Health in Mind, Body, and Economy
Every year, untreated mental illness costs us hundreds of billions of dollars. This is merely from numbers accessible to estimators. Most of this money comes from the side effects of mental illness, such as physical manifestations, family and community problems, unnecessary unemployment, incarceration, or criminal activity, drug use, lower productivity in the workplace… The list goes on and on. Mental illnesses can even lead to a significantly higher rate of car accidents and other problems. In actuality, the numbers are probably much greater.
Despite the economic costs, mental health programs are generally one of the first spending areas to be cut. There is no single agency that administers mental healthcare, so programs are being attacked from the federal, state, and even local levels of government. School districts face entering the school year without a trained mental health professional on staff to care for at-risk children. Our veterans, who are known to have a higher risk for mental illness, are living on street corners and sidewalks because the country they risked their lives for refuses to make a full-faith effort to give them the care they need. And those who can least afford counseling and drug treatments (and who most need them) are hit when they are down by the Great Recession and government cuts to mental health funding.
We do not have a definitive strategy to improve the mental health of our citizens. Numbers of people reporting mental illnesses are increasing, and the National Institute of Mental Health shows that almost 50% of the U.S. adult population reports a mental disorder sometime during their life. And despite legislation to reduce discrimination in the workplace against those with mental illnesses, the stigma remains. We are no longer allowed to discriminate legally, so we just do it in practice. Furthermore, we can’t limit discrimination on persons who cannot contribute to their workplace because of a debilitating mental illness.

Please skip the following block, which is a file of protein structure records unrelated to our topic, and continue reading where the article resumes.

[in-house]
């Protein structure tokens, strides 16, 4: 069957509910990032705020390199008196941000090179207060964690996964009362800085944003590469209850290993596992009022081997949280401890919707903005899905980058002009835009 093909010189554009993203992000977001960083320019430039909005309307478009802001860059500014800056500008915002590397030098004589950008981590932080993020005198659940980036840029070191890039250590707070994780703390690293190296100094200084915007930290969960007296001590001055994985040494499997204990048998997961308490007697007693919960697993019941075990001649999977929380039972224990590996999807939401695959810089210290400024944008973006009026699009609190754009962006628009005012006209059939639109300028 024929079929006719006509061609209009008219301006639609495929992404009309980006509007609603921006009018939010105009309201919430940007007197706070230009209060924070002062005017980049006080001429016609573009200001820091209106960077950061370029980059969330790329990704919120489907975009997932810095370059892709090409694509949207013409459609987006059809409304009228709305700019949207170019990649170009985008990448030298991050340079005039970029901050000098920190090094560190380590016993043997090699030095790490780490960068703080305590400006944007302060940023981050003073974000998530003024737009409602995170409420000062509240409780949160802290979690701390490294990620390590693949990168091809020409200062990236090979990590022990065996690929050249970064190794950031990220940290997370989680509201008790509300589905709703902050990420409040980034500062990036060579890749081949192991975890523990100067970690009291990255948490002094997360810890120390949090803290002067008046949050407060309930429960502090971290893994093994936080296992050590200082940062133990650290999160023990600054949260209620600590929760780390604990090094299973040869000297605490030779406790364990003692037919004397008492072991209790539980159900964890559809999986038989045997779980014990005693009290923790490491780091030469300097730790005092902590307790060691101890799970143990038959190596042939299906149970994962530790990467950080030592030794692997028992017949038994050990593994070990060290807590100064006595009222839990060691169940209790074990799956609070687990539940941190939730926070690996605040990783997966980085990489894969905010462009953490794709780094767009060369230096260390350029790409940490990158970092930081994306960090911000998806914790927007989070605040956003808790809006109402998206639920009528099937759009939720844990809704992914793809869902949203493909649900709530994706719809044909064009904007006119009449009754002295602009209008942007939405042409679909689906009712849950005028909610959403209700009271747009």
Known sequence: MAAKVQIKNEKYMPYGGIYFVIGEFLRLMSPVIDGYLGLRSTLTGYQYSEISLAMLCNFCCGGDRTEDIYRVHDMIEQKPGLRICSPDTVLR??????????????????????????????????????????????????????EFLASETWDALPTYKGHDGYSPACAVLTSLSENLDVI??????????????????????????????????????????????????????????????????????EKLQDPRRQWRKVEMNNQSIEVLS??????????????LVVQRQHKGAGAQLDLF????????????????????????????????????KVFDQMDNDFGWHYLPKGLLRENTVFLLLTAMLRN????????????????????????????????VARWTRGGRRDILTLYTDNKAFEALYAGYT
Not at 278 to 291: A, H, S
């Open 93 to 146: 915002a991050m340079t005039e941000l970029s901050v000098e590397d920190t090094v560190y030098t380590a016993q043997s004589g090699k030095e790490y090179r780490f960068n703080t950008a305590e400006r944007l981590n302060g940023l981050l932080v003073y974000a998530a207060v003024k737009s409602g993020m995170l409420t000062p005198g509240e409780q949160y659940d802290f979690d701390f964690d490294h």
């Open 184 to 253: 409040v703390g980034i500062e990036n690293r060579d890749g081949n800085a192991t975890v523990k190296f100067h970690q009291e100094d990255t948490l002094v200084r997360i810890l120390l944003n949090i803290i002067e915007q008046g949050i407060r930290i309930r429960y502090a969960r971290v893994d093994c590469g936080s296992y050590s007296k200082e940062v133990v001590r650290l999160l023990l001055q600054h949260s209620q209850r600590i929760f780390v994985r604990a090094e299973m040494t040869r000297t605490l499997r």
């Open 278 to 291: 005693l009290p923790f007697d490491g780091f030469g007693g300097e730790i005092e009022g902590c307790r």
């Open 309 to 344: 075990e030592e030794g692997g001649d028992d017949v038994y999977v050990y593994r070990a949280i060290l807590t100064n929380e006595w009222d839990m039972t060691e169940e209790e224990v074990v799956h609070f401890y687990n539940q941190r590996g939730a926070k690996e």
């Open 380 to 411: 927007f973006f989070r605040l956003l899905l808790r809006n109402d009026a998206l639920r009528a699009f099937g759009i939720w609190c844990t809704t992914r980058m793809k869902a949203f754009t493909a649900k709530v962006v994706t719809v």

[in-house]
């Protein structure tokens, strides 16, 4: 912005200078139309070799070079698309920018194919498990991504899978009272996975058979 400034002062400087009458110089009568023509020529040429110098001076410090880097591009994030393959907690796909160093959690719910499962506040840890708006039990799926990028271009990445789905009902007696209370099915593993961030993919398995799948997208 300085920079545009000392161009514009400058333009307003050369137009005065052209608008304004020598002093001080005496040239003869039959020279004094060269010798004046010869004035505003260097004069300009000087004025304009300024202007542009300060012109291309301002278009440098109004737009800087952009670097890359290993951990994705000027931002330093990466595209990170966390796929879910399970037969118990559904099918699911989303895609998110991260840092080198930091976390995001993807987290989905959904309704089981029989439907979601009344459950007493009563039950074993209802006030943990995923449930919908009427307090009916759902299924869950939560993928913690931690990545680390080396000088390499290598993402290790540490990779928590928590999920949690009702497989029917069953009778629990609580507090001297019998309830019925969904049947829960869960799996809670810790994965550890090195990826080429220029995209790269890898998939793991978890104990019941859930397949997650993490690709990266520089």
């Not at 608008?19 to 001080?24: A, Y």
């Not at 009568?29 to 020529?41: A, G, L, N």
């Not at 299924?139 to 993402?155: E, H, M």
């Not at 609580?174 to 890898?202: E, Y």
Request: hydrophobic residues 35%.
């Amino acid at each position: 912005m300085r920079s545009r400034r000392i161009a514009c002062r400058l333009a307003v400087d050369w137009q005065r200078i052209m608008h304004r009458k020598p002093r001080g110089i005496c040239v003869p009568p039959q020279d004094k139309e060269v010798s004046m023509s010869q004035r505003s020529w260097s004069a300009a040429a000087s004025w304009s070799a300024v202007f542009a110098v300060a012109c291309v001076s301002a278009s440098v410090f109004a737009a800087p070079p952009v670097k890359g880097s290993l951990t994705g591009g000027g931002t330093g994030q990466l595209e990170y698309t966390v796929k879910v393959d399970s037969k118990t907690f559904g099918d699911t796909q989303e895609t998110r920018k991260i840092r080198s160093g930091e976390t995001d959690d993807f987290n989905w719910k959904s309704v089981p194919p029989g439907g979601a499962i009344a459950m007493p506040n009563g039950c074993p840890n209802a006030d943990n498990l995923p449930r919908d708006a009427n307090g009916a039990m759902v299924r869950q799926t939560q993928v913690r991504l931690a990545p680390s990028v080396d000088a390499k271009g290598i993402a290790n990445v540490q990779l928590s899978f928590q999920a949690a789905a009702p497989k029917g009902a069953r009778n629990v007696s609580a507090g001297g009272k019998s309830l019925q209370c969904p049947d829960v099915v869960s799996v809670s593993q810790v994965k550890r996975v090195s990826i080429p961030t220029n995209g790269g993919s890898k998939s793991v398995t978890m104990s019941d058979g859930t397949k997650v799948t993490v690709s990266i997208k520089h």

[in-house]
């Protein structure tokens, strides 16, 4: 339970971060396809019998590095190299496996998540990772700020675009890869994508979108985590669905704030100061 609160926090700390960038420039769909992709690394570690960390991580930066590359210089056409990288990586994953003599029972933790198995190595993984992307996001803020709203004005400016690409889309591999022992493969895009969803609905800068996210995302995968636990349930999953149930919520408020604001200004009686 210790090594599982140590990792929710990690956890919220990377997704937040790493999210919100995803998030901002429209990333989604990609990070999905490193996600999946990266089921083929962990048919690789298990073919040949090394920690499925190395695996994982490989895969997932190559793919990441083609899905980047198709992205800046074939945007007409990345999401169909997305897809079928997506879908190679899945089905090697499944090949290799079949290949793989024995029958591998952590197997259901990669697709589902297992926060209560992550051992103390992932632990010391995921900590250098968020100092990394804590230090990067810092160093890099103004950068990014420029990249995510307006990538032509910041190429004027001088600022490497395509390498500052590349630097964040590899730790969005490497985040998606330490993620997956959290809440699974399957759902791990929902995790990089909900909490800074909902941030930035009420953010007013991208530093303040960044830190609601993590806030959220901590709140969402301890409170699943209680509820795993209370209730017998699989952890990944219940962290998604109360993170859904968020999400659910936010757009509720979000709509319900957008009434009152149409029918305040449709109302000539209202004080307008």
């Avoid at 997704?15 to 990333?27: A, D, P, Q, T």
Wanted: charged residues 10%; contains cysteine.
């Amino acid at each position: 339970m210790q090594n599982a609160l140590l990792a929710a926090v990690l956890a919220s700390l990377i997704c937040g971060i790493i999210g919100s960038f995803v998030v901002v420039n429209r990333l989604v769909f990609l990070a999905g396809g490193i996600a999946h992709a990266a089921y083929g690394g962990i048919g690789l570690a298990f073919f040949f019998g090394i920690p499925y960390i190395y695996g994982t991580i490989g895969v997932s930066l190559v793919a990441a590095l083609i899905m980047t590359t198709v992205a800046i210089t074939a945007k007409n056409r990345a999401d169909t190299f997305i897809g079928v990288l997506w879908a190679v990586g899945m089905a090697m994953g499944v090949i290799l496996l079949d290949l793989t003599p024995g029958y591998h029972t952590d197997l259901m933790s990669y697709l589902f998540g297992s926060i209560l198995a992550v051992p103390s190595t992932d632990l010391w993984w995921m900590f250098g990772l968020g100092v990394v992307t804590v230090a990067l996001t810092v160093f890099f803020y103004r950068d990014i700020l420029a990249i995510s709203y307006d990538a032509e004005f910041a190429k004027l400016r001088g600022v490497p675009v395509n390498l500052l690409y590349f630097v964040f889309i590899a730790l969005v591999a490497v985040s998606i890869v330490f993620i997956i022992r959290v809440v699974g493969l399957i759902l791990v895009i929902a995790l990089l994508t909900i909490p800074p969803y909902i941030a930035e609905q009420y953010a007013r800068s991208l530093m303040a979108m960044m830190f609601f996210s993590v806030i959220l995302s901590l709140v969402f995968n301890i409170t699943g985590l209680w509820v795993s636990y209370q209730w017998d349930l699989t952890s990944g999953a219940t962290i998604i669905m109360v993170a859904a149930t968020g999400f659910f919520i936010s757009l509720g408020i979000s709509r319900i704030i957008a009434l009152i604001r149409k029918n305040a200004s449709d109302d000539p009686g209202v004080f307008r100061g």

This takes a serious toll on our economy and our overall expectation for quality of life. Mental illness can consume a person’s life and energy. Likewise, it consumes our society when we allow it to contribute to social problems like prison overcrowding, skyrocketing healthcare costs, and a risk to public safety. It is a private problem for some, but a public problem for all of us. If we really want to control our debt, we need to consider the broad consequences of our actions and investments. And if we truly care about having an efficient government “of the people,” then it’s time we begin taking the challenge of mental illness seriously.
The answer is a mixture of public and private solutions. We need to ensure access to mental health professionals. We can’t have deserts where people cannot receive the treatment they need. We need to rein in prices that make health care unaffordable for people who, because of their illness, can already not afford treatment. We need to work to reduce the stigma of mental illness and offer care, not discrimination, to people who are contemplating suicide or self-injury or who need the help of a counselor. We need to take the first step to invest in research on mental health problems, with private investors following close behind. And we need to realize that mental health is a broad problem, not the responsibility of the hurting. Think about the improved efficiency in the workplace, the new tax base, and savings in other problem areas.
But most of all, we need to take a stand and work to protect the right to the pursuit of happiness of all our American citizens. What will you do?